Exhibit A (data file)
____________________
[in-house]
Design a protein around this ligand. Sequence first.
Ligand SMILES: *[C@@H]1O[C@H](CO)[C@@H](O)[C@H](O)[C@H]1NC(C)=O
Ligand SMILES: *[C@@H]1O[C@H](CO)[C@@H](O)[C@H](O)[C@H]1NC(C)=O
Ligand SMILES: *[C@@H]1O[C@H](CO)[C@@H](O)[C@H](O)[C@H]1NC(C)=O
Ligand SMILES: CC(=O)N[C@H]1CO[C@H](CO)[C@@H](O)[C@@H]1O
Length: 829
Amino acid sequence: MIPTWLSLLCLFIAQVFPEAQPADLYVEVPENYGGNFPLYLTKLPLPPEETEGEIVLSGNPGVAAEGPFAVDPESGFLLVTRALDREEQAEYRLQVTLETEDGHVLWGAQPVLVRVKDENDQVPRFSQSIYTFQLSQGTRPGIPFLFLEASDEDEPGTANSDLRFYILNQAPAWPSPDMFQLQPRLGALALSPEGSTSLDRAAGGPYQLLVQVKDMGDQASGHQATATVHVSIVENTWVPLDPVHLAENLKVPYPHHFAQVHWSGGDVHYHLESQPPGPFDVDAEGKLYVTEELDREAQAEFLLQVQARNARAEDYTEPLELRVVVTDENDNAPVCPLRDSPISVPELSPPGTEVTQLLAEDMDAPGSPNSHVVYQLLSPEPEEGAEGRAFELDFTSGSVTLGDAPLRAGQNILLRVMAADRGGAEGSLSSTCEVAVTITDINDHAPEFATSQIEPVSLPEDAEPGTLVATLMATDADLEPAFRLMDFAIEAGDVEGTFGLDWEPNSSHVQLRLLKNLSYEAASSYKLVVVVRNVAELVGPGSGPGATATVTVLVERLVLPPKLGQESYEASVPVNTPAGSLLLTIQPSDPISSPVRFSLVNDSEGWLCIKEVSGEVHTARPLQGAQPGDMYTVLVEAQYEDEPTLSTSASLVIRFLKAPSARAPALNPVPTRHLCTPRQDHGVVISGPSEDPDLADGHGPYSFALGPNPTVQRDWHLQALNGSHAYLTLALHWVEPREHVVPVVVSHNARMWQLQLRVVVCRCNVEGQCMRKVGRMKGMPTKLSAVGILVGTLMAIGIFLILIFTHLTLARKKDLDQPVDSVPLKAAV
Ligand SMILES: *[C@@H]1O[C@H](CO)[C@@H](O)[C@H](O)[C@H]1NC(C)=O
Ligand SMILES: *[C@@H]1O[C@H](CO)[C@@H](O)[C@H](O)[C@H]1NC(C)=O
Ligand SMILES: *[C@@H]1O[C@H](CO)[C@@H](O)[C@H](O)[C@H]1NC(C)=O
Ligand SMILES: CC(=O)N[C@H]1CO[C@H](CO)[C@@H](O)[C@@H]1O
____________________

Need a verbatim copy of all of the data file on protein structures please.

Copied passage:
[in-house]
Design a protein around this ligand. Sequence first.
Ligand SMILES: *[C@@H]1O[C@H](CO)[C@@H](O)[C@H](O)[C@H]1NC(C)=O
Ligand SMILES: *[C@@H]1O[C@H](CO)[C@@H](O)[C@H](O)[C@H]1NC(C)=O
Ligand SMILES: *[C@@H]1O[C@H](CO)[C@@H](O)[C@H](O)[C@H]1NC(C)=O
Ligand SMILES: CC(=O)N[C@H]1CO[C@H](CO)[C@@H](O)[C@@H]1O
Length: 829
Amino acid sequence: MIPTWLSLLCLFIAQVFPEAQPADLYVEVPENYGGNFPLYLTKLPLPPEETEGEIVLSGNPGVAAEGPFAVDPESGFLLVTRALDREEQAEYRLQVTLETEDGHVLWGAQPVLVRVKDENDQVPRFSQSIYTFQLSQGTRPGIPFLFLEASDEDEPGTANSDLRFYILNQAPAWPSPDMFQLQPRLGALALSPEGSTSLDRAAGGPYQLLVQVKDMGDQASGHQATATVHVSIVENTWVPLDPVHLAENLKVPYPHHFAQVHWSGGDVHYHLESQPPGPFDVDAEGKLYVTEELDREAQAEFLLQVQARNARAEDYTEPLELRVVVTDENDNAPVCPLRDSPISVPELSPPGTEVTQLLAEDMDAPGSPNSHVVYQLLSPEPEEGAEGRAFELDFTSGSVTLGDAPLRAGQNILLRVMAADRGGAEGSLSSTCEVAVTITDINDHAPEFATSQIEPVSLPEDAEPGTLVATLMATDADLEPAFRLMDFAIEAGDVEGTFGLDWEPNSSHVQLRLLKNLSYEAASSYKLVVVVRNVAELVGPGSGPGATATVTVLVERLVLPPKLGQESYEASVPVNTPAGSLLLTIQPSDPISSPVRFSLVNDSEGWLCIKEVSGEVHTARPLQGAQPGDMYTVLVEAQYEDEPTLSTSASLVIRFLKAPSARAPALNPVPTRHLCTPRQDHGVVISGPSEDPDLADGHGPYSFALGPNPTVQRDWHLQALNGSHAYLTLALHWVEPREHVVPVVVSHNARMWQLQLRVVVCRCNVEGQCMRKVGRMKGMPTKLSAVGILVGTLMAIGIFLILIFTHLTLARKKDLDQPVDSVPLKAAV
Ligand SMILES: *[C@@H]1O[C@H](CO)[C@@H](O)[C@H](O)[C@H]1NC(C)=O
Ligand SMILES: *[C@@H]1O[C@H](CO)[C@@H](O)[C@H](O)[C@H]1NC(C)=O
Ligand SMILES: *[C@@H]1O[C@H](CO)[C@@H](O)[C@H](O)[C@H]1NC(C)=O
Ligand SMILES: CC(=O)N[C@H]1CO[C@H](CO)[C@@H](O)[C@@H]1O